By Sri Shivananda
Online and mobile payments have come a long way in Africa since their early iterations, which involved multiple clicks, checks and balances, and a great deal of crossing fingers, hoping the payment would go through.
But while digital payments have improved dramatically, we don’t think the journey is over yet – we believe we’re on our way to a future in which payments are so simple, intuitive and personalised, they become almost invisible.
The road to cashless
In 1950, Diners Club issued its first charge card, followed by American Express in 1958, starting the evolution into what we use as credit cards today.
The convenience of not carrying cash or a cheque book drove global demand for cards for everything: credit, debit, loyalty programme freebies, points, miles and coupons.
The move to cards paved the way for the concept of a cashless society.
Globally, non-cash transactions are growing at the fastest pace ever, led by Asia.
Over 60% of payments in developed markets are now digital, and Sweden is expected to become the world’s first cashless society by 2023.
To date, South Africa and several other African countries have lagged the world in terms of going cashless. Cash remains prevalent in lower income communities, where many people remain unbanked, and many merchants only accept cash.
However, we think this is set to change, thanks in part to the forced digitisation that took place during the early days of the pandemic.
During the first year of lockdown, consumers who still favoured cash had little choice but to adopt mobile and digital money for remittance and shopping as they abided by social distancing guidelines and lockdown rules.
How do we now foster the progression of digital payments in a way that makes all stakeholders comfortable and enables a better future for payments and e-commerce?
I suggest we look at commerce for the answers.
Commerce becomes contextual, conversational and boundaryless
The early days of e-commerce and payments were fraught with challenges. Connectivity was limited, payments didn’t always work, logistics took too long, and fraud was hard to detect and deter.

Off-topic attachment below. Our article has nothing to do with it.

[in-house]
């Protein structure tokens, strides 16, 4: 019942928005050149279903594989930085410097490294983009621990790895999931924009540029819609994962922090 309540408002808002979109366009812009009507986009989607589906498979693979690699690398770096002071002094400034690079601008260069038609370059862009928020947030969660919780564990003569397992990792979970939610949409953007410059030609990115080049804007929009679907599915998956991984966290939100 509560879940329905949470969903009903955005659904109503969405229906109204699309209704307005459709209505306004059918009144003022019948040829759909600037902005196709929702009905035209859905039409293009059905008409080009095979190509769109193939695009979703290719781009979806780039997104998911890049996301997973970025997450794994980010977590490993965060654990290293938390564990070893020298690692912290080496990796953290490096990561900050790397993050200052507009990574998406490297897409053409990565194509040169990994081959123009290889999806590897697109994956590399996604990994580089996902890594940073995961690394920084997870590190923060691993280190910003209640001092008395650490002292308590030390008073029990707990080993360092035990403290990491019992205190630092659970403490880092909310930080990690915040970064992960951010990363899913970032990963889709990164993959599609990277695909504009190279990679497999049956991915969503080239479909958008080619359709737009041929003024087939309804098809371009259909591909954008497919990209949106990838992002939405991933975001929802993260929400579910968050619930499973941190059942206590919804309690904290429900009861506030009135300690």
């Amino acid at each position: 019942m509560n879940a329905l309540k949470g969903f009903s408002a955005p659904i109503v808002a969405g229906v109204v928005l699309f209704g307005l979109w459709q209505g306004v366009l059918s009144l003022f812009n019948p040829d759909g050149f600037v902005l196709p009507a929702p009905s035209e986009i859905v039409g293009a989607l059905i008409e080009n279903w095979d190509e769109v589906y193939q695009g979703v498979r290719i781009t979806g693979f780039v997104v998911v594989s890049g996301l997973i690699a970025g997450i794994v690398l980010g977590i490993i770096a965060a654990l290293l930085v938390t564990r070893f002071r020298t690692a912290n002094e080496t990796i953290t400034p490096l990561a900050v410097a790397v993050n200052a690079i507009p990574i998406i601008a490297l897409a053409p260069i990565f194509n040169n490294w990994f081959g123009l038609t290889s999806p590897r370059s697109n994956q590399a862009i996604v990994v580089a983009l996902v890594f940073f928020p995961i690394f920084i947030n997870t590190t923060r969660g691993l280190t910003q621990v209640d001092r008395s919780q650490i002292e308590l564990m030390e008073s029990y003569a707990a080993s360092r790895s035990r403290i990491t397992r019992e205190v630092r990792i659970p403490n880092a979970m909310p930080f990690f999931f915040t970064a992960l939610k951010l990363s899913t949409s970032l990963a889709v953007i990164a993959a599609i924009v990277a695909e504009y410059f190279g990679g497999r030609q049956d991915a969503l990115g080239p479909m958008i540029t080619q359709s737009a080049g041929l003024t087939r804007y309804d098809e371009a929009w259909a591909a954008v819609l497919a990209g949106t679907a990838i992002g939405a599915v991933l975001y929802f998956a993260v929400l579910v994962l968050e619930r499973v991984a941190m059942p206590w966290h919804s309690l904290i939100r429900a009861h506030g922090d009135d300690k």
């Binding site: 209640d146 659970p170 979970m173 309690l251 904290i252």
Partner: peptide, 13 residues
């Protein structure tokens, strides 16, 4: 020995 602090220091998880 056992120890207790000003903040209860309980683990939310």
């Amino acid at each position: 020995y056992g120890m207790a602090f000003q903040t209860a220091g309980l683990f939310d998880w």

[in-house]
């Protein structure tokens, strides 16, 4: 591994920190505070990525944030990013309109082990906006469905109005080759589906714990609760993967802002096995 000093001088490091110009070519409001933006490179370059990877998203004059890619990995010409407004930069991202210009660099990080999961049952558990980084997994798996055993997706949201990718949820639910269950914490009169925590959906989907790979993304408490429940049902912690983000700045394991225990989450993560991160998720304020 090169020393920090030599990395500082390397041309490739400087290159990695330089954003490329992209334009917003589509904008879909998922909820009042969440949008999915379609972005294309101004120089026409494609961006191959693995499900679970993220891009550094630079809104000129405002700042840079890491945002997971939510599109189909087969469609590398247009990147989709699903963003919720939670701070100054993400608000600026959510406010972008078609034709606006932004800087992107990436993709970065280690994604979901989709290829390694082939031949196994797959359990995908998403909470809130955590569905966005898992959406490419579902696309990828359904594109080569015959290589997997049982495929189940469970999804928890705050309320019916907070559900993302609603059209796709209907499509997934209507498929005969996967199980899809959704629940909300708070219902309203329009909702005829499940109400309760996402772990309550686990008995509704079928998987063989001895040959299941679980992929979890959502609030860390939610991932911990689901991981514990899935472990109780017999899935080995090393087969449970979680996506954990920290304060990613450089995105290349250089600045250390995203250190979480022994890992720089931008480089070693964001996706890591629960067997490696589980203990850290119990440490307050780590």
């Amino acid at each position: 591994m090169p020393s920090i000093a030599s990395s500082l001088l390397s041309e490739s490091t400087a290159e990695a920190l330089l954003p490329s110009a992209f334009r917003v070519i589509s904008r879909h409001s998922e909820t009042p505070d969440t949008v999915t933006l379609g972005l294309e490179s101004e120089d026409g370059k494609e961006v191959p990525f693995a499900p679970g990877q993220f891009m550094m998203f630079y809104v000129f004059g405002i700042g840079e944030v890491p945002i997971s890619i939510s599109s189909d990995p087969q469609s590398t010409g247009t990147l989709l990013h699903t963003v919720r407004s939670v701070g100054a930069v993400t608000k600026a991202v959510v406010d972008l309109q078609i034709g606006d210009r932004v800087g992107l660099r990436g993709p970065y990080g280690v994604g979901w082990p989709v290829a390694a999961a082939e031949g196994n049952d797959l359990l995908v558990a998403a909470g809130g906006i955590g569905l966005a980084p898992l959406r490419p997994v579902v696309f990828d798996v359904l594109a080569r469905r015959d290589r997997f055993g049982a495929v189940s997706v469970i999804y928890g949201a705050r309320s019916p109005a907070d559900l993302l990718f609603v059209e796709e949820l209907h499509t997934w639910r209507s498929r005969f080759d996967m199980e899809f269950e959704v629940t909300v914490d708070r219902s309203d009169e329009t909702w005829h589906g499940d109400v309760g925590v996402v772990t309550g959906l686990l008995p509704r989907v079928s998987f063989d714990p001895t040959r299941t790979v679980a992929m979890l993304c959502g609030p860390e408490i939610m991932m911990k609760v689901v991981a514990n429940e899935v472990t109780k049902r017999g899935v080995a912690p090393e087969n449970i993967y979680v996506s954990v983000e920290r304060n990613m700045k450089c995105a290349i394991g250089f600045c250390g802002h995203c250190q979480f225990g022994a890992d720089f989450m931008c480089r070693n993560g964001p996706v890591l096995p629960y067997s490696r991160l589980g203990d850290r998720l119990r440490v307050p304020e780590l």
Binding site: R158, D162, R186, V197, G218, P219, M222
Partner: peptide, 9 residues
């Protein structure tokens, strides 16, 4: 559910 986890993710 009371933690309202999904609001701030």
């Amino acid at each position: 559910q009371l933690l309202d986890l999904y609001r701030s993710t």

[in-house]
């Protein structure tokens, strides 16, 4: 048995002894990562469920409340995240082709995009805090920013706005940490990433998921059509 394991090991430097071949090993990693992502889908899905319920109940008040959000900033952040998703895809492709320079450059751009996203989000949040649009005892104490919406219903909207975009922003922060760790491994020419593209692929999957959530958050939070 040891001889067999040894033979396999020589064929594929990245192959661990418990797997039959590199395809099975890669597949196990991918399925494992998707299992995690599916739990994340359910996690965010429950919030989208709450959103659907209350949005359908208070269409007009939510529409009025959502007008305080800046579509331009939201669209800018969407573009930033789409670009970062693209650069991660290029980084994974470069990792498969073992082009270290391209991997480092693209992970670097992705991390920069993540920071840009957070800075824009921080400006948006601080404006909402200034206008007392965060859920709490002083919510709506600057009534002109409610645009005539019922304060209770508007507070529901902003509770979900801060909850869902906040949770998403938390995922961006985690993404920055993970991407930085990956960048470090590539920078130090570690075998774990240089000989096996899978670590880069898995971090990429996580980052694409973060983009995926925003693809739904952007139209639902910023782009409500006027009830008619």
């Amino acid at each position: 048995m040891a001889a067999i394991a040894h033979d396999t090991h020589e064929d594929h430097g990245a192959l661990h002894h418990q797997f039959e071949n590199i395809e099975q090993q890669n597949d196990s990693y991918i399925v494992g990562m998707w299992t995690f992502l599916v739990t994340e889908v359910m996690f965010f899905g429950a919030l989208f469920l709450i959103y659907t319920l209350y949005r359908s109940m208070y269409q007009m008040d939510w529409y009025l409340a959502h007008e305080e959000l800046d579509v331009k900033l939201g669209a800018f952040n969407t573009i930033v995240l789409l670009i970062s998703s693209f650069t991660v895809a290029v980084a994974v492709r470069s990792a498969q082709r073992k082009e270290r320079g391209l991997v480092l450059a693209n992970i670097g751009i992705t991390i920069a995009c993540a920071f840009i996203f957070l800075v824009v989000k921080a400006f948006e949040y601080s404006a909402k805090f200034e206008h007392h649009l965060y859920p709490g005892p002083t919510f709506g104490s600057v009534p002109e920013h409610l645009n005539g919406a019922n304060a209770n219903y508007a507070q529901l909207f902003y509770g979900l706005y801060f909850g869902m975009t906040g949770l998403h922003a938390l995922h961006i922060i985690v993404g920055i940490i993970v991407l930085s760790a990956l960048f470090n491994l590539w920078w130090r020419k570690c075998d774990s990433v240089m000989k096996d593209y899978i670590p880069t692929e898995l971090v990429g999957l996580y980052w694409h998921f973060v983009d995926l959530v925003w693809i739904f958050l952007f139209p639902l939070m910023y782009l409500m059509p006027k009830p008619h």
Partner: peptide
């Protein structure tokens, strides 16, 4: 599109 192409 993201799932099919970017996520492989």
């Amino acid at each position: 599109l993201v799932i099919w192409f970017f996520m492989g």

Consumers couldn’t fully trust that people on the other side of the computer were actually going to deliver the products and services they offered.
There were questions around whether online commerce was reliable, competent, or honest – in other words, whether it was trustworthy.
We’ve already seen a massive shift in how and where commerce is conducted; before 1999, you went to the shop. Now the shop comes to you – no matter where you are in South Africa.
The years in between saw a steep rise in online and mobile commerce, and the creation of new offerings like direct-to-consumer subscription services and conversational commerce via social media, chatbots and voice technology.
The payments industry innovated alongside these changes, shifting to allow users to pay for goods and services at every turn, because consumers are mobile and on the go. Digital payments disrupted industries, created entirely new economies and transformed the way we work and live.
Think about how the internet has enabled even the smallest businesses to grow beyond their communities, sell nationwide, and even target a global customer base.
E-commerce has brought choice, variety and savings with access to endless aisles of merchandise to consumers across the globe, in a vast number of currencies.
That’s been driven by one thing – trust.